Sunday, 8 December 2013

Scrabble on Shabbos

Question: May one play Scrabble on Shabbos?
Answer: There are a few potential issues with playing Scrabble on Shabbos. The first is whether forming the letters into words is considered kesiva, writing (and mechika, erasing, when breaking up words).
The Levush (340:4) writes that one mustn’t open or close a book on Shabbos if there are words stamped on the edges of its pages. Doing so will form or erase the words, which may be forbidden midoraisa! Likewise, putting letters together to form a word in a game is forbidden.
The Machtzis Hashekel (340:6) extends this prohibition to picture jigsaws, as one mustn’t create or ruin a picture.
The Taz (OC 340:2) disagrees, comparing opening and closing a book to opening and closing a door which isn’t considered building or destroying. While we don’t Pasken like the Levush, the Mishna Berura (340:17) writes that one should avoid such books if possible.
R’ Tzvi Pesach Frank (Har Tzvi – Tel Harim, Koseiv 4) argues that the Levush only forbids using such books as the letters themselves are formed or erased, though would allow joining letters together to form words. Thus, R’ Yehoshua Kaganoff maintains that even the Levush would permit playing scrabble, where the letters are already formed (See Chazon Ish (OC 61:1) who prohibits eating cake with writing on if doing so will destroy a letter).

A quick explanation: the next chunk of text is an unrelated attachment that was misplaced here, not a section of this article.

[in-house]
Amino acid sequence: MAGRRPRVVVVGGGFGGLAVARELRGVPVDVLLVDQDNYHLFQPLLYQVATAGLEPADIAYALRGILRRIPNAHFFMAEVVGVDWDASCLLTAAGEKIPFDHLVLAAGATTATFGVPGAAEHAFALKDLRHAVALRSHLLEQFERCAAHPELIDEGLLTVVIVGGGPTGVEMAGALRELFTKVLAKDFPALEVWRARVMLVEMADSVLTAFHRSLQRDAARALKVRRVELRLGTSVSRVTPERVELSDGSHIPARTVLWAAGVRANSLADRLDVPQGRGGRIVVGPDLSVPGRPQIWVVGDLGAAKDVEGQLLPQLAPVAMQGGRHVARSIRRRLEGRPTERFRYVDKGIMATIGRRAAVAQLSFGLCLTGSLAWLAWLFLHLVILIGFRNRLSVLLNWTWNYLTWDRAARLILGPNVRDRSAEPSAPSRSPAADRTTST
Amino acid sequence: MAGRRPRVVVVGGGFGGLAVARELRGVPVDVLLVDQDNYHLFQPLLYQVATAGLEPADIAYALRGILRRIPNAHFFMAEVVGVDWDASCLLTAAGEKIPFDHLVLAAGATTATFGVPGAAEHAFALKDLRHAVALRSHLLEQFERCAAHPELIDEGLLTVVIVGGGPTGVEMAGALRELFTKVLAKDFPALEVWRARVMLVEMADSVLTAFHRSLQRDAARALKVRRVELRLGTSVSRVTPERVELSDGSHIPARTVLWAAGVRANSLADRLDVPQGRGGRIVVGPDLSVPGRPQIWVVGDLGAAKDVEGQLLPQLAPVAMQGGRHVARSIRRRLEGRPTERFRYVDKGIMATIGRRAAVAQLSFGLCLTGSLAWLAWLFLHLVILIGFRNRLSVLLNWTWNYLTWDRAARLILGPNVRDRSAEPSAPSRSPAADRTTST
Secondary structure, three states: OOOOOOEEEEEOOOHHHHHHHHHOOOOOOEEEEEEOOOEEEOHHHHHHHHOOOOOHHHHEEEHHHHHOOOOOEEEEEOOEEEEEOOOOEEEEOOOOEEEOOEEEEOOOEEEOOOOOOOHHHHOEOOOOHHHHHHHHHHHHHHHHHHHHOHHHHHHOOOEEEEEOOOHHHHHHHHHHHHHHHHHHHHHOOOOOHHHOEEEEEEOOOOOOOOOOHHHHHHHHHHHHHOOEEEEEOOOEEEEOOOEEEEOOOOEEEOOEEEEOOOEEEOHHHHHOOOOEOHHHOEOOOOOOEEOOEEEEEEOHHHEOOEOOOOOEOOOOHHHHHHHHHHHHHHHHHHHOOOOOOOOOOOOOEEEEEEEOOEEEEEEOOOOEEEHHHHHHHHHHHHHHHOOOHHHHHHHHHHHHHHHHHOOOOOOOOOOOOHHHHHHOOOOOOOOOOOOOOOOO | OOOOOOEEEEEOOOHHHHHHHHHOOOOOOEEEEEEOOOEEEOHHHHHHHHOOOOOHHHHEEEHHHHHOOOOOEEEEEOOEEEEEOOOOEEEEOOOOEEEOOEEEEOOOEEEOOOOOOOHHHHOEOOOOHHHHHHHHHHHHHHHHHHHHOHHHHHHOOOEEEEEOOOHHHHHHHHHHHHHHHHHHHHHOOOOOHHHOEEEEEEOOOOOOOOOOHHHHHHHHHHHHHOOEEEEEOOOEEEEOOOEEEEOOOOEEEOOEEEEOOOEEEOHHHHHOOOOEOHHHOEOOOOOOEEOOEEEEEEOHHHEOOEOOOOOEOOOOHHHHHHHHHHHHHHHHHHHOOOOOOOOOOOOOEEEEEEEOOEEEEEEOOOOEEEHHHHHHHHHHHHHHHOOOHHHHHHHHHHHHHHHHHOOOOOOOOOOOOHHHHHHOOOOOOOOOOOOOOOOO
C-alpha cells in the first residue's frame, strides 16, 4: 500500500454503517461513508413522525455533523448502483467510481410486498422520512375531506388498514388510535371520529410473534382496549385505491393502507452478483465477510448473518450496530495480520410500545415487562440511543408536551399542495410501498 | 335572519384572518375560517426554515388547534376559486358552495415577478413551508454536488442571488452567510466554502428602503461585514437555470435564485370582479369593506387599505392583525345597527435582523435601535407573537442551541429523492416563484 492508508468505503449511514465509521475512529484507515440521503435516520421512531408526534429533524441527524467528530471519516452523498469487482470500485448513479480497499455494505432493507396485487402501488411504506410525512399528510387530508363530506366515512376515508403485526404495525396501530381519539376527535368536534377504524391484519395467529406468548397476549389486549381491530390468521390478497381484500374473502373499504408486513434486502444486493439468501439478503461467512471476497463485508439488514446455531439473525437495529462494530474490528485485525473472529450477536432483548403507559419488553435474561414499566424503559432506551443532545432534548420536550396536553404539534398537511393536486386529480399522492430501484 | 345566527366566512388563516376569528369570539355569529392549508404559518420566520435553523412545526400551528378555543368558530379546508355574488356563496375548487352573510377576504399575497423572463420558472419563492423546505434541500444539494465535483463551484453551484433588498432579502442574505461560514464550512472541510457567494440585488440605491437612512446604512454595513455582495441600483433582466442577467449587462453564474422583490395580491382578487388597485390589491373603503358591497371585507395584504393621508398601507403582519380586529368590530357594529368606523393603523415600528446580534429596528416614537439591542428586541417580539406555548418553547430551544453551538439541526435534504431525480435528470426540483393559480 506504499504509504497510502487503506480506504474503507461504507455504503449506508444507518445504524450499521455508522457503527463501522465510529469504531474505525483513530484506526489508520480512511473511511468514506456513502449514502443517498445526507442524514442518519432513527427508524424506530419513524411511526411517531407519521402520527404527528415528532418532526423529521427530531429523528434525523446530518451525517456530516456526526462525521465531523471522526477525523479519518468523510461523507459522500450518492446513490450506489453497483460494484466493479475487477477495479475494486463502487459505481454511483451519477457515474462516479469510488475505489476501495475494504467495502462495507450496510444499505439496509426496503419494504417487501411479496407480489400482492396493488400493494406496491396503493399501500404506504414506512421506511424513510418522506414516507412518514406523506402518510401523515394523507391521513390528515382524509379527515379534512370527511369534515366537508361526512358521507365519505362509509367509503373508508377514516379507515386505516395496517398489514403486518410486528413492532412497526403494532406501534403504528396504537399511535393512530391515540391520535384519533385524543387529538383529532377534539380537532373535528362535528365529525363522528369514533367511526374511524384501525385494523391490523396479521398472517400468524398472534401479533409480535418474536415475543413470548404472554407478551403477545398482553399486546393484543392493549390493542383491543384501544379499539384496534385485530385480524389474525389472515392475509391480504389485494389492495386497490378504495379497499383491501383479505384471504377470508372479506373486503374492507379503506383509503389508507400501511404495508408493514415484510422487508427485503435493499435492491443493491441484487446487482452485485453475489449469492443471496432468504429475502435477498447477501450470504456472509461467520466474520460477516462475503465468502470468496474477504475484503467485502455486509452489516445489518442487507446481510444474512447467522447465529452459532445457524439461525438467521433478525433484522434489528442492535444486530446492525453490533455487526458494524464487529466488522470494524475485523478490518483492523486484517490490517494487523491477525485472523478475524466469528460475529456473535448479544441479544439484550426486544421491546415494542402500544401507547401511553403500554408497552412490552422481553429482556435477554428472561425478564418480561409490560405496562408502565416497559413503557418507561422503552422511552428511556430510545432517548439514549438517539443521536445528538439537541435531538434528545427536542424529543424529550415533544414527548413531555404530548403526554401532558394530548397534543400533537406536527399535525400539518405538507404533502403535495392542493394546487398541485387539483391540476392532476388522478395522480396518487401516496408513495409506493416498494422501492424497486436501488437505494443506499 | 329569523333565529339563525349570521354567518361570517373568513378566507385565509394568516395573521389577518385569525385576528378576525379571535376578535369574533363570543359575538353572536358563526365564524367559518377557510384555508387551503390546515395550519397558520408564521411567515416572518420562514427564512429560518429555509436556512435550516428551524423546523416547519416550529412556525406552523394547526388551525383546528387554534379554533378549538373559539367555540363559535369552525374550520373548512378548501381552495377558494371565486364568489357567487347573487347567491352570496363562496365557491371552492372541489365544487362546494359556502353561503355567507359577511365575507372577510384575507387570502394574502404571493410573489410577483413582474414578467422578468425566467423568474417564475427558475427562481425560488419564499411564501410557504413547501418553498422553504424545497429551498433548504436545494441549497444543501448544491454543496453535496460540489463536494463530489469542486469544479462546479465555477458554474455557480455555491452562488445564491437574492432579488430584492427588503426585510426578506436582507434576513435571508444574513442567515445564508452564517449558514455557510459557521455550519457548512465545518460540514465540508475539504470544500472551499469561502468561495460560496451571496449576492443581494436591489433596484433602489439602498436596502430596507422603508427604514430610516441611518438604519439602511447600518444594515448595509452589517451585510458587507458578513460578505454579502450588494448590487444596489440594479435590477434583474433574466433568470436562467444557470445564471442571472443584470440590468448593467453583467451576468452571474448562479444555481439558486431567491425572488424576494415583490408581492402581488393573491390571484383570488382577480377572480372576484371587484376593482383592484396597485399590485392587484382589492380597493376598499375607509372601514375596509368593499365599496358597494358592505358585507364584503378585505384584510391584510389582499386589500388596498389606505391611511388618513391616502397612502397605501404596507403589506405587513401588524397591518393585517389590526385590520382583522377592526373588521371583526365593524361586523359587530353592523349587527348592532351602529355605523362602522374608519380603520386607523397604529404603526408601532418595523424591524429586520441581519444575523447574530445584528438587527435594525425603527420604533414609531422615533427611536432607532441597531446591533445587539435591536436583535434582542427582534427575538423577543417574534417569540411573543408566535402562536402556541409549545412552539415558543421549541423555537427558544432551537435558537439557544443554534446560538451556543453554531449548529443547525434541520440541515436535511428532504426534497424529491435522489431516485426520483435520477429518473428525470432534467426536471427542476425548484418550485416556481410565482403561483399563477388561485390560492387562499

R' Yisroel Pinchos Bodner (Tiltulei Shabbos 1:n24) writes that R’ Moshe Feinstein also forbade playing when the letters are affixed to the board.
Yet another issue is playing games which normally involve writing. The Chayei Adam (Shabbos 38:11) forbids playing such games on Shabbos. As one usually records the score while playing Scrabble, one would not be allowed to play on Shabbos (See Bris Olam, Koseiv 13 who questions this and Shemiras Shabbos Kehilchasa 17:31, Igros Moshe OC 5:22:14), though similar games which don’t involve keeping score (such as Junior Scrabble) would be permitted.

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